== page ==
Interview with Carlos Mugiro, the curator of a documentary retrospective Ver Sin Vertov (Without Vertov) La Casa Encendida, Madrid, Spain
Carlos Mugiro: - If I'm not wrong, your father worked as editor in Kiev. How do you remember his work when you were a child? Did you go sometime to the studio? Had he any influence in your vocation?
Andrei Zagdansky: - Yes, my father was editor-in-chief of a film studio. And it seems that all the people who used to come over to our place in Kiev talked about films. As a kid visiting the studio, I remember the smell of newly developed film. I wanted this smell to be a part of my grownup life.
And of course, my father strongly opposed my career choice.
CM.: - After the meeting "The Legacy of Vertov and Flaherty" in Riga (September 1990), Scott McDonald wrote: "I was particularly impressed with the films of Victor Kossakovsky , Andrei Zagdansky and Arthur Peleshian". Do you consider yourself as a part of a non-fiction tradition? I talking specially about the revolutionary Soviet filmmakers of the twenties?
AZ.: – I’ve been always interested in exploring this thin border line between fiction and non-fiction in film. I am very aware of the fictitious element in any non-fiction film, and this awareness is probably part of my aesthetics.
I have a great deal of respect for “direct documentary” which appears to be a predominant mode in non-fiction film in the United States and very talented filmmakers who work in this direction, but this is not my cup of tea.
As for the revolutionary Soviet filmmakers of the twenties I doubt I have any real affinity with them.
CM.: - I'm also thinking in Surrealism (Buñuel and so on). There's a fascinating idea of provocation to the spectator in your film The interpretation of Dreams that makes me think in that relationship. Do you feel close to Surrealism?
AZ.: - I take this one as compliment. Lois Buñuel is my all time favorite film maker/ auteur.
CM.: - What was the genesis of The Interpretation of Dreams? How long did you take the making of the film? How was the process? Was your first project after leaving the Institute of the Arts?
AZ.: - “Interpretation of Dreams” was not my first project, but my first feature documentary.
I went into production with a very weak script. For financial reasons if we wanted our little production company to survive, we had to move it into production no matter what. I rewrote the script during preproduction – not a very uncommon occurrence – based on two major concepts: Soundtrack is my imagined conversation with Dr. S. Freud. Visually film is a journey in time starting from the invention of the cinema - Br. Lumieres’ “Arrival of a Train at La Ciotat” – 1895.
Of course, Sigmund Freud published his ground breaking Interpretation of Dreams in 1896.
It took me two months of frantic reading - Freud’s works, and no less frantic researching - archival footage, to finish the script. I remember my friend and story editor Yuri Makarov was very helpful.
And of course we were lucky to strike a deal with ORF (Austrian TV). They arranged for our shoot in the Freud’s apartment in Vienna and some essential archival footage. I think the film was completed in eight months.
CM.: - How did you have access to Sigmund Freud's ideas? Were his books allowed in the Soviet Union? Do you find his influence in other of your films?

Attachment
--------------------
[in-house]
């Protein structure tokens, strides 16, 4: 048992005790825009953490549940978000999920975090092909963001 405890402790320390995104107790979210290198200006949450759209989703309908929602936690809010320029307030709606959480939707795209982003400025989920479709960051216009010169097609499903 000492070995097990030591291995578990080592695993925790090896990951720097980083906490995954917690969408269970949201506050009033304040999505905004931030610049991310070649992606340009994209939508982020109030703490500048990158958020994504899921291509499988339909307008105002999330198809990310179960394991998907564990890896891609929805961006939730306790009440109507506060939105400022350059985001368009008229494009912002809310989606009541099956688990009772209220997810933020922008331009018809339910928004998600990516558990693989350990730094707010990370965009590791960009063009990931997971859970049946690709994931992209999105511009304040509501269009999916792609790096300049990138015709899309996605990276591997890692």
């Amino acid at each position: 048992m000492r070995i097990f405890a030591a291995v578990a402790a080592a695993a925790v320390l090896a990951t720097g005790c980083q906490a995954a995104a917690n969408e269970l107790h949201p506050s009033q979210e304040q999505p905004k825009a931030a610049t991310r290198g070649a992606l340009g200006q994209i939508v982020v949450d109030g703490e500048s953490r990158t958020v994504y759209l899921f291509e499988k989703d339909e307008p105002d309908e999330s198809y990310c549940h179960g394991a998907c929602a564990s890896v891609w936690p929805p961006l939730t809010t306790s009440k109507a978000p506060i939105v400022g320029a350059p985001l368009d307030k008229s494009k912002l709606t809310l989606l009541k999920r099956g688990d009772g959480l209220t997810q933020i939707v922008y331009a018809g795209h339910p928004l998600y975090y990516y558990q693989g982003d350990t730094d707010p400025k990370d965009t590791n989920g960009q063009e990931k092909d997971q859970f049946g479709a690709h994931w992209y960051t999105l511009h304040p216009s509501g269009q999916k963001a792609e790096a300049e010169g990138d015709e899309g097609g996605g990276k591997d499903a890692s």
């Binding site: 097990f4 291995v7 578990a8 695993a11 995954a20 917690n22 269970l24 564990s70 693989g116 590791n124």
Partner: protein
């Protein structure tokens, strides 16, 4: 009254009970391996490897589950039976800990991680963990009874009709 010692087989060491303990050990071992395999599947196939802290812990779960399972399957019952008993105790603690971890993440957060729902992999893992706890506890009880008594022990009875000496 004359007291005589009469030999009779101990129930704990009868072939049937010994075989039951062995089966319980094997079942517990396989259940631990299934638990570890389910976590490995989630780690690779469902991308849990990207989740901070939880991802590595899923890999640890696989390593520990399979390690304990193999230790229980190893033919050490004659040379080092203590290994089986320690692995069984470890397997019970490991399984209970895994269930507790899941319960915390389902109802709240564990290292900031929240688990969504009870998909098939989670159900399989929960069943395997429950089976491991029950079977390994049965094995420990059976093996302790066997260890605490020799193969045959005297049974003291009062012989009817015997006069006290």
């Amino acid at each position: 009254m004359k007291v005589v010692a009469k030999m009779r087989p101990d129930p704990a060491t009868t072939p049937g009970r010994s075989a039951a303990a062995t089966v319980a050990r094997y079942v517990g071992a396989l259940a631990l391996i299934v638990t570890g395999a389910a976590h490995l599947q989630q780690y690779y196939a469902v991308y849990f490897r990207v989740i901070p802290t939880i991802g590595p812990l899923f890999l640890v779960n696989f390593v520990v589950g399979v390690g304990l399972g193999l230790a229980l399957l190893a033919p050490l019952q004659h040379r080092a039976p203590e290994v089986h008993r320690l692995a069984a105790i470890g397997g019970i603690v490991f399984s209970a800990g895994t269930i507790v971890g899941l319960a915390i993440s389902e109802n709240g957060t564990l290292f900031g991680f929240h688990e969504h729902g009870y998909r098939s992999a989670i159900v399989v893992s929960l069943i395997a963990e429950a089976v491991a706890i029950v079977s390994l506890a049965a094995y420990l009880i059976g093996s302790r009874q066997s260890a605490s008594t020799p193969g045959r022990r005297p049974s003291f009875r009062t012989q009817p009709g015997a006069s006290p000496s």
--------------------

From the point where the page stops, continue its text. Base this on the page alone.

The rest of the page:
AZ.: - Freud’s works were published in the Soviet Union before 1928/29. And some big libraries had these works in so called “special”, closed to general public, funds. As a film student and later as a filmmaker I could get access to these funds.
I think I never read Freud’s works after this.
But I read Freud’s correspondence with Carl Jung and Sabina Spielrein.
I even planned to make a film about this curious triangle, but never succeeded in raising production funds. Of course, since that a number of films about this amazing story were made.
CM.: - Are your latest films, in some way, a map of your own personal experience? Do you keep any kind of filmed diary, similar to those shot by Jonas Mekas? What's your idea of filmmaking?
AZ.: - In a way every film is a map of a personal experience. The distinction is only to what degree. “Six Days” is a result of my personal experience in the most direct way – what I saw and felt in New York City after the September 11th attack.
“Vasya” is a film about an artist and his fate, and one can draw numerous parallels. I do keep video diary, the question is when I am brave and resolute enough to turn all this into a film.
CM.: - How do you understand the relation with the spectator? Non-fiction is, in your opinion, a subversive form of art?
AZ.: - Non-fiction can be everything, including subversion. If you live in totalitarian society your options are very limited, and subversion seems like a right choice.
CM.: - In the United States you have directed Vasya. Are you interested in the idea of exile? Have you ever had that feeling of exile?
AZ.: - I’ve never thought of myself as an exile per se, but I am aware of my composite identity.
CM: - Talking about the feeling of the native land: Alexander Dovzhenko died in 1956, fifty years ago. Did you see his films when you were young? Was his name popular among the spectators and filmmakers?
AZ.: - Alexander Dovzhenko was an appointed Soviet Filmmaker Saint, a “must” in film history. Heavily censored and polished by the communist propaganda machine. Thus - distant and somewhat boring. This is a shame. Years later when I saw his “Earth” without any rebellious prejudice, I discovered a major work of art, beautiful and brave. But that was my personal discovery and I owe nothing to my former teachers.
June 2005, Madrid - New York